Would either of these lend Him to "accept" me? Would either of these paths be his?

Clearly not:

"One who is in knowledge of the Absolute Truth, O mighty-armed, does not engage himself in the senses and sense gratification" (Gita 3:28)

"It is lust only, Arjuna, which is born of contact with the material mode of passion and later transformed into wrath, and which is the all-devouring sinful enemy of the world." (3:37)

"Therefore, O Arjuna, best of the Bharatas, in the very beginning curb this great symbol of sin [lust] by regulating the senses, and slay this destroyer of knowledge and self-realization." (3:41)

Verse 4:11 does not stand by itself - it has to be read in the full context of everything that went before it and comes after it in the Gita.

On the other hand:

"O sinless Arjuna, I have already explained that there are two classes of men who try to realize the self. Some are inclined to understand it by empirical, philosophical speculation, and others by devotional service." (3:3)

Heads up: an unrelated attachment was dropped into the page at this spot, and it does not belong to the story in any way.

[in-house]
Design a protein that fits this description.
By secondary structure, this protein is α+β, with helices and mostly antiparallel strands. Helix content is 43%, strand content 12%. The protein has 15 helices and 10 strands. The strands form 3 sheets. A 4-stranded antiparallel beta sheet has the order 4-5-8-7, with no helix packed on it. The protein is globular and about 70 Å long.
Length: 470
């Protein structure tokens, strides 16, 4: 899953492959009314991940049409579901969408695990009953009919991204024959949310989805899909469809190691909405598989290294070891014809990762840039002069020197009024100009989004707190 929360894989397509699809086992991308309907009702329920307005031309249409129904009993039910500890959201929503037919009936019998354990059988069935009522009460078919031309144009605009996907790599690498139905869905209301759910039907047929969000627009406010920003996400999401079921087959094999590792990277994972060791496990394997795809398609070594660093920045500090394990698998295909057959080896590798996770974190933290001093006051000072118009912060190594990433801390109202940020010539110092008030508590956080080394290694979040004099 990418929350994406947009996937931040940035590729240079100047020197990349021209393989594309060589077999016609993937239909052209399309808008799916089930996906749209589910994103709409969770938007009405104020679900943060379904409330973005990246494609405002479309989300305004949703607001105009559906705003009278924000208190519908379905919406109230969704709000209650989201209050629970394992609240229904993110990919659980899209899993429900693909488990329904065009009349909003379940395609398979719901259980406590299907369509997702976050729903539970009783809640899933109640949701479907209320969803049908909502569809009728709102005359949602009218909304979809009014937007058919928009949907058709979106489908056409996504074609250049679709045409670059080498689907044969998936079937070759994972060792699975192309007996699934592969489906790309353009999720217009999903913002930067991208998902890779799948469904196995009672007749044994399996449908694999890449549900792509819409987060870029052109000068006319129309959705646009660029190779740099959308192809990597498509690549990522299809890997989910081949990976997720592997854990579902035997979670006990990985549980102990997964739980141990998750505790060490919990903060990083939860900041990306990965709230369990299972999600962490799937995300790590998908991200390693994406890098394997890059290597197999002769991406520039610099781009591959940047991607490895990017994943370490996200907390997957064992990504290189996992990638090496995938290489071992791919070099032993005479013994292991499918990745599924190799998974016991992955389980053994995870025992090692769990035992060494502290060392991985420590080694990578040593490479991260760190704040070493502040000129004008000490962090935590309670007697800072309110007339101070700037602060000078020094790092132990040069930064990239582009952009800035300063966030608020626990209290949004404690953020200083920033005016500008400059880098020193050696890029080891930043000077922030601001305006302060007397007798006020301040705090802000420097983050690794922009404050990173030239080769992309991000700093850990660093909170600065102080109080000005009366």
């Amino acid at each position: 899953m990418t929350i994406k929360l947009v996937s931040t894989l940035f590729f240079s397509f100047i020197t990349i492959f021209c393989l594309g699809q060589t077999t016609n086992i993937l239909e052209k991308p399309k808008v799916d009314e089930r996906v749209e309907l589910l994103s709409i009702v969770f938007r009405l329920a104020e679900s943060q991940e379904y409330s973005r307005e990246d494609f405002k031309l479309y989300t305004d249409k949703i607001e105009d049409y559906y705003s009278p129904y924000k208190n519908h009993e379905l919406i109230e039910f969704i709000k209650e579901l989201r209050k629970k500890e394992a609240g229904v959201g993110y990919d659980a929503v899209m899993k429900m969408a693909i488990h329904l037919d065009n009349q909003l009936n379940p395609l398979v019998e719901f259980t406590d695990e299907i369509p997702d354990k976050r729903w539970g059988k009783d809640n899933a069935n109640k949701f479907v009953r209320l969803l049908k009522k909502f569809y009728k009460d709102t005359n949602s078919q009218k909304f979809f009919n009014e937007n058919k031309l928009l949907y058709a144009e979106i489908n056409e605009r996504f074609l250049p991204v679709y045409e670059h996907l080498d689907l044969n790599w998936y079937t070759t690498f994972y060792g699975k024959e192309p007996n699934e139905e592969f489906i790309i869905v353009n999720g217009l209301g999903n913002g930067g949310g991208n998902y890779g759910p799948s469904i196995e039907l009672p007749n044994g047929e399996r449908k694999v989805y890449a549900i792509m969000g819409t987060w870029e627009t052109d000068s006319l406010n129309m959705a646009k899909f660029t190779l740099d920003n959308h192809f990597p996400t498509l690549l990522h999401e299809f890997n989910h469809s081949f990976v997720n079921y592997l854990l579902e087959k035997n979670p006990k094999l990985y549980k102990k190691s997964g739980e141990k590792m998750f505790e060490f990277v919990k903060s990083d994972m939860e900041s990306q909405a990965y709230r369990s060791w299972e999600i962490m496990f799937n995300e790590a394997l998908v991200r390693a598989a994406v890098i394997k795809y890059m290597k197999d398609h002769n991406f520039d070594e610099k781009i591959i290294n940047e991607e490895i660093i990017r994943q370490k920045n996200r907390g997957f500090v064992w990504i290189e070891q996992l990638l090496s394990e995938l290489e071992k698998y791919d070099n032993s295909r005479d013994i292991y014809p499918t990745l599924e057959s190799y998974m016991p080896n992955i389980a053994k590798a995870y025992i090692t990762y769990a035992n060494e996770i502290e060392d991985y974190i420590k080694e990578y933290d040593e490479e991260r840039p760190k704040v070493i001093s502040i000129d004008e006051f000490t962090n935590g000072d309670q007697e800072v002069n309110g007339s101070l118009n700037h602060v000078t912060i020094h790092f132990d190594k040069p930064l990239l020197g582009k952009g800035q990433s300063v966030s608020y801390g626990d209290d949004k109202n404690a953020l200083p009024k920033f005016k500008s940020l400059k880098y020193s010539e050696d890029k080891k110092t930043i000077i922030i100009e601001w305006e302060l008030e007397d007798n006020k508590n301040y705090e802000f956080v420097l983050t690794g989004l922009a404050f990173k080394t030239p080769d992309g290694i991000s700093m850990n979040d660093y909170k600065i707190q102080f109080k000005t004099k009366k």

"Not by merely abstaining from work can one achieve freedom from reaction, nor by renunciation alone can one attain perfection." (3:4)

"The renunciation of work and work in devotion are both good for liberation. But, of the two, work in devotional service is better than renunciation of work." (5:2)

"Merely renouncing all activities yet not engaging in the devotional service of the Lord cannot make one happy. But a thoughtful person engaged in devotional service can achieve the Supreme without delay." (5:6)

These verses indicate that, while the path of saankhya-yoga and renunciation is treated as a "valid" path to God, karma-yoga / buddhi-yoga is the superior / faster path (of course, the two are not mutually exclusive).

Further:

"Men in this world desire success in fruitive activities, and therefore they worship the demigods [Indra et. al]. Quickly, of course, men get results from fruitive work in this world." (4:12)

"There is no work that affects Me; nor do I aspire for the fruits of action. One who understands this truth about Me also does not become entangled in the fruitive reactions of work." (4:14)